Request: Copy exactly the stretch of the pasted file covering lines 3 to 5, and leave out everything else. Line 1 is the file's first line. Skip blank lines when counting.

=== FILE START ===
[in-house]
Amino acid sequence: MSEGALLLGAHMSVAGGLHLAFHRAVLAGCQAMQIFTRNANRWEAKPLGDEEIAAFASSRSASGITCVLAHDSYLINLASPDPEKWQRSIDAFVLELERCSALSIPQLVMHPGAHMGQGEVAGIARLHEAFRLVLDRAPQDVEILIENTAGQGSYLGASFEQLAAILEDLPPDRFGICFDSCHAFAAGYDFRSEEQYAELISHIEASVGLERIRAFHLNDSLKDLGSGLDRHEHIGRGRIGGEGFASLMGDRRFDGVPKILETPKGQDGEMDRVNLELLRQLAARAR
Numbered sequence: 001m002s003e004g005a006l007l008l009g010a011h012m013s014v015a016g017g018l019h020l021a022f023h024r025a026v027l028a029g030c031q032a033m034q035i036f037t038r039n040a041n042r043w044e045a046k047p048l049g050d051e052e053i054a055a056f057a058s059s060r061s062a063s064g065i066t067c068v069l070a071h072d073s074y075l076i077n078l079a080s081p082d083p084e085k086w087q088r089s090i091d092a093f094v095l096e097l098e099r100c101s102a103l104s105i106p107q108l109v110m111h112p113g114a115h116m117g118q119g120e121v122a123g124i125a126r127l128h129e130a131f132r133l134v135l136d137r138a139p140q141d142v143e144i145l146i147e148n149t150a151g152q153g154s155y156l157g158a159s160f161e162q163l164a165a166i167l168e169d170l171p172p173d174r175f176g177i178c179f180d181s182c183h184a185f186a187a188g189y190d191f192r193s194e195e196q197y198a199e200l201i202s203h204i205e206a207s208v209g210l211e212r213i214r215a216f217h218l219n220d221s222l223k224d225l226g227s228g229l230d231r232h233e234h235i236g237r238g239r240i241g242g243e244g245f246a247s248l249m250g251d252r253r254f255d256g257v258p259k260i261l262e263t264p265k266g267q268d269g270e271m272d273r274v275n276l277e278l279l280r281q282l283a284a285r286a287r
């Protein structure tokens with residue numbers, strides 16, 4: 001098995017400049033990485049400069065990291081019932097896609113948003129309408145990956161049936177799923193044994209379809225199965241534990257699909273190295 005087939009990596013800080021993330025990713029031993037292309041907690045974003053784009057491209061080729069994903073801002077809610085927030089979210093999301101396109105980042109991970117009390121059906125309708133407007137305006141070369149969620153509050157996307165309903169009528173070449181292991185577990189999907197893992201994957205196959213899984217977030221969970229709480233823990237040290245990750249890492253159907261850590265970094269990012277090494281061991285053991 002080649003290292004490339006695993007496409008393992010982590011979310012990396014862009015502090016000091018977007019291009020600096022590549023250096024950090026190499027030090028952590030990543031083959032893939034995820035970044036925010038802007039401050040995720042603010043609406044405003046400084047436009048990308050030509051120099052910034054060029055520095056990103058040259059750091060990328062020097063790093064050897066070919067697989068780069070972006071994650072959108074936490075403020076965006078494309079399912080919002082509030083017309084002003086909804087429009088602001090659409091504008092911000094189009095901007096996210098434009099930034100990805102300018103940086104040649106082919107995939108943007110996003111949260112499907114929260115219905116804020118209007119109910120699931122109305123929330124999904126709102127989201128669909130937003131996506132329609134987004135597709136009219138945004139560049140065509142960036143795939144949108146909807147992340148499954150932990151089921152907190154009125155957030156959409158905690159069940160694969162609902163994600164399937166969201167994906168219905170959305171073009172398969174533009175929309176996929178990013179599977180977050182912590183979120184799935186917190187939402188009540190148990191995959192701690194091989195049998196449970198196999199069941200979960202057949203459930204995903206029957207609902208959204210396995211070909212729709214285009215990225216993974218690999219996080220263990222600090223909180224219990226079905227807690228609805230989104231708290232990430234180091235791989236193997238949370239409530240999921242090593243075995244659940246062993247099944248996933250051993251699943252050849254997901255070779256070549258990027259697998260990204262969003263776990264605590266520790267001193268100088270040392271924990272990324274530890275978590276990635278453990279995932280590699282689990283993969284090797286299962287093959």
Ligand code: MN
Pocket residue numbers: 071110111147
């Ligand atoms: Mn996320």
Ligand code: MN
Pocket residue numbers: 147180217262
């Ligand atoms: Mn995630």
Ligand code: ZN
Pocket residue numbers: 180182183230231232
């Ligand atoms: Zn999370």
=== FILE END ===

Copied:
Numbered sequence: 001m002s003e004g005a006l007l008l009g010a011h012m013s014v015a016g017g018l019h020l021a022f023h024r025a026v027l028a029g030c031q032a033m034q035i036f037t038r039n040a041n042r043w044e045a046k047p048l049g050d051e052e053i054a055a056f057a058s059s060r061s062a063s064g065i066t067c068v069l070a071h072d073s074y075l076i077n078l079a080s081p082d083p084e085k086w087q088r089s090i091d092a093f094v095l096e097l098e099r100c101s102a103l104s105i106p107q108l109v110m111h112p113g114a115h116m117g118q119g120e121v122a123g124i125a126r127l128h129e130a131f132r133l134v135l136d137r138a139p140q141d142v143e144i145l146i147e148n149t150a151g152q153g154s155y156l157g158a159s160f161e162q163l164a165a166i167l168e169d170l171p172p173d174r175f176g177i178c179f180d181s182c183h184a185f186a187a188g189y190d191f192r193s194e195e196q197y198a199e200l201i202s203h204i205e206a207s208v209g210l211e212r213i214r215a216f217h218l219n220d221s222l223k224d225l226g227s228g229l230d231r232h233e234h235i236g237r238g239r240i241g242g243e244g245f246a247s248l249m250g251d252r253r254f255d256g257v258p259k260i261l262e263t264p265k266g267q268d269g270e271m272d273r274v275n276l277e278l279l280r281q282l283a284a285r286a287r
């Protein structure tokens with residue numbers, strides 16, 4: 001098995017400049033990485049400069065990291081019932097896609113948003129309408145990956161049936177799923193044994209379809225199965241534990257699909273190295 005087939009990596013800080021993330025990713029031993037292309041907690045974003053784009057491209061080729069994903073801002077809610085927030089979210093999301101396109105980042109991970117009390121059906125309708133407007137305006141070369149969620153509050157996307165309903169009528173070449181292991185577990189999907197893992201994957205196959213899984217977030221969970229709480233823990237040290245990750249890492253159907261850590265970094269990012277090494281061991285053991 002080649003290292004490339006695993007496409008393992010982590011979310012990396014862009015502090016000091018977007019291009020600096022590549023250096024950090026190499027030090028952590030990543031083959032893939034995820035970044036925010038802007039401050040995720042603010043609406044405003046400084047436009048990308050030509051120099052910034054060029055520095056990103058040259059750091060990328062020097063790093064050897066070919067697989068780069070972006071994650072959108074936490075403020076965006078494309079399912080919002082509030083017309084002003086909804087429009088602001090659409091504008092911000094189009095901007096996210098434009099930034100990805102300018103940086104040649106082919107995939108943007110996003111949260112499907114929260115219905116804020118209007119109910120699931122109305123929330124999904126709102127989201128669909130937003131996506132329609134987004135597709136009219138945004139560049140065509142960036143795939144949108146909807147992340148499954150932990151089921152907190154009125155957030156959409158905690159069940160694969162609902163994600164399937166969201167994906168219905170959305171073009172398969174533009175929309176996929178990013179599977180977050182912590183979120184799935186917190187939402188009540190148990191995959192701690194091989195049998196449970198196999199069941200979960202057949203459930204995903206029957207609902208959204210396995211070909212729709214285009215990225216993974218690999219996080220263990222600090223909180224219990226079905227807690228609805230989104231708290232990430234180091235791989236193997238949370239409530240999921242090593243075995244659940246062993247099944248996933250051993251699943252050849254997901255070779256070549258990027259697998260990204262969003263776990264605590266520790267001193268100088270040392271924990272990324274530890275978590276990635278453990279995932280590699282689990283993969284090797286299962287093959």
Ligand code: MN